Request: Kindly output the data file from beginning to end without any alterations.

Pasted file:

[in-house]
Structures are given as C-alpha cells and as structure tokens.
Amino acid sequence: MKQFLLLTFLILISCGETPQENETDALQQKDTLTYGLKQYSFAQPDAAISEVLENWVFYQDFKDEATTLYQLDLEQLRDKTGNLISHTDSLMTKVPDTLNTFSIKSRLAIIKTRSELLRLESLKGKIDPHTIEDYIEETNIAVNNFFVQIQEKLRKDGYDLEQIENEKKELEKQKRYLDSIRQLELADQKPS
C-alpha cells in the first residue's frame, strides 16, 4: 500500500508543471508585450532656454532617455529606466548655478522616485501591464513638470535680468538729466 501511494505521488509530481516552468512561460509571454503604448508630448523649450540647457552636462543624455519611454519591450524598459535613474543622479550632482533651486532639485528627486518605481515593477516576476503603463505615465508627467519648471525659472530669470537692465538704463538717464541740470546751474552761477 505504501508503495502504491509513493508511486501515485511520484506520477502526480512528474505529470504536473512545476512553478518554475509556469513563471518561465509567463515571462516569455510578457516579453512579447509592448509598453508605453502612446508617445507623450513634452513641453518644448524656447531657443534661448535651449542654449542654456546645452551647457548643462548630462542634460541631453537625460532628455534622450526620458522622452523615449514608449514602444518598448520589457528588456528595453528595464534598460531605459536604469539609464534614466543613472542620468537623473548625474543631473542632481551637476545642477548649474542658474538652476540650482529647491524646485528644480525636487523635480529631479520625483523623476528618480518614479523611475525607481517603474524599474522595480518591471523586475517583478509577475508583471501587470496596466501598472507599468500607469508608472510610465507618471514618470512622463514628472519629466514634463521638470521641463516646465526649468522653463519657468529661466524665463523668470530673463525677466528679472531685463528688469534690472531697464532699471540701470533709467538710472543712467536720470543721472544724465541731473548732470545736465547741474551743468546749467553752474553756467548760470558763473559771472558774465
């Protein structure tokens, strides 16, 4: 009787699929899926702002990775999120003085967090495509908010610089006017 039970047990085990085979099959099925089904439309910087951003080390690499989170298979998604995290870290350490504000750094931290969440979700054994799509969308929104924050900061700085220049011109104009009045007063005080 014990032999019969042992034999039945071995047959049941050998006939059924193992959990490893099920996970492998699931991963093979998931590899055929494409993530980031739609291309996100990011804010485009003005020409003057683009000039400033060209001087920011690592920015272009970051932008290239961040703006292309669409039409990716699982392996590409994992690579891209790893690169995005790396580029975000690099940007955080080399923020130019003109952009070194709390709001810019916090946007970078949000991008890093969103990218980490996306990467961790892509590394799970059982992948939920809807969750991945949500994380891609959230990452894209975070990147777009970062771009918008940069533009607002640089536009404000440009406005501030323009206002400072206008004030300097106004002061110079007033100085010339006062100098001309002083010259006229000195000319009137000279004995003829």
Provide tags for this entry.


[in-house]
Structures are given as C-alpha cells and as structure tokens.
Amino acid sequence: MKQFLLLTFLILISCGETPQENETDALQQKDTLTYGLKQYSFAQPDAAISEVLENWVFYQDFKDEATTLYQLDLEQLRDKTGNLISHTDSLMTKVPDTLNTFSIKSRLAIIKTRSELLRLESLKGKIDPHTIEDYIEETNIAVNNFFVQIQEKLRKDGYDLEQIENEKKELEKQKRYLDSIRQLELADQKPS
C-alpha cells in the first residue's frame, strides 16, 4: 500500500508543471508585450532656454532617455529606466548655478522616485501591464513638470535680468538729466 501511494505521488509530481516552468512561460509571454503604448508630448523649450540647457552636462543624455519611454519591450524598459535613474543622479550632482533651486532639485528627486518605481515593477516576476503603463505615465508627467519648471525659472530669470537692465538704463538717464541740470546751474552761477 505504501508503495502504491509513493508511486501515485511520484506520477502526480512528474505529470504536473512545476512553478518554475509556469513563471518561465509567463515571462516569455510578457516579453512579447509592448509598453508605453502612446508617445507623450513634452513641453518644448524656447531657443534661448535651449542654449542654456546645452551647457548643462548630462542634460541631453537625460532628455534622450526620458522622452523615449514608449514602444518598448520589457528588456528595453528595464534598460531605459536604469539609464534614466543613472542620468537623473548625474543631473542632481551637476545642477548649474542658474538652476540650482529647491524646485528644480525636487523635480529631479520625483523623476528618480518614479523611475525607481517603474524599474522595480518591471523586475517583478509577475508583471501587470496596466501598472507599468500607469508608472510610465507618471514618470512622463514628472519629466514634463521638470521641463516646465526649468522653463519657468529661466524665463523668470530673463525677466528679472531685463528688469534690472531697464532699471540701470533709467538710472543712467536720470543721472544724465541731473548732470545736465547741474551743468546749467553752474553756467548760470558763473559771472558774465
């Protein structure tokens, strides 16, 4: 009787699929899926702002990775999120003085967090495509908010610089006017 039970047990085990085979099959099925089904439309910087951003080390690499989170298979998604995290870290350490504000750094931290969440979700054994799509969308929104924050900061700085220049011109104009009045007063005080 014990032999019969042992034999039945071995047959049941050998006939059924193992959990490893099920996970492998699931991963093979998931590899055929494409993530980031739609291309996100990011804010485009003005020409003057683009000039400033060209001087920011690592920015272009970051932008290239961040703006292309669409039409990716699982392996590409994992690579891209790893690169995005790396580029975000690099940007955080080399923020130019003109952009070194709390709001810019916090946007970078949000991008890093969103990218980490996306990467961790892509590394799970059982992948939920809807969750991945949500994380891609959230990452894209975070990147777009970062771009918008940069533009607002640089536009404000440009406005501030323009206002400072206008004030300097106004002061110079007033100085010339006062100098001309002083010259006229000195000319009137000279004995003829």
Provide tags for this entry.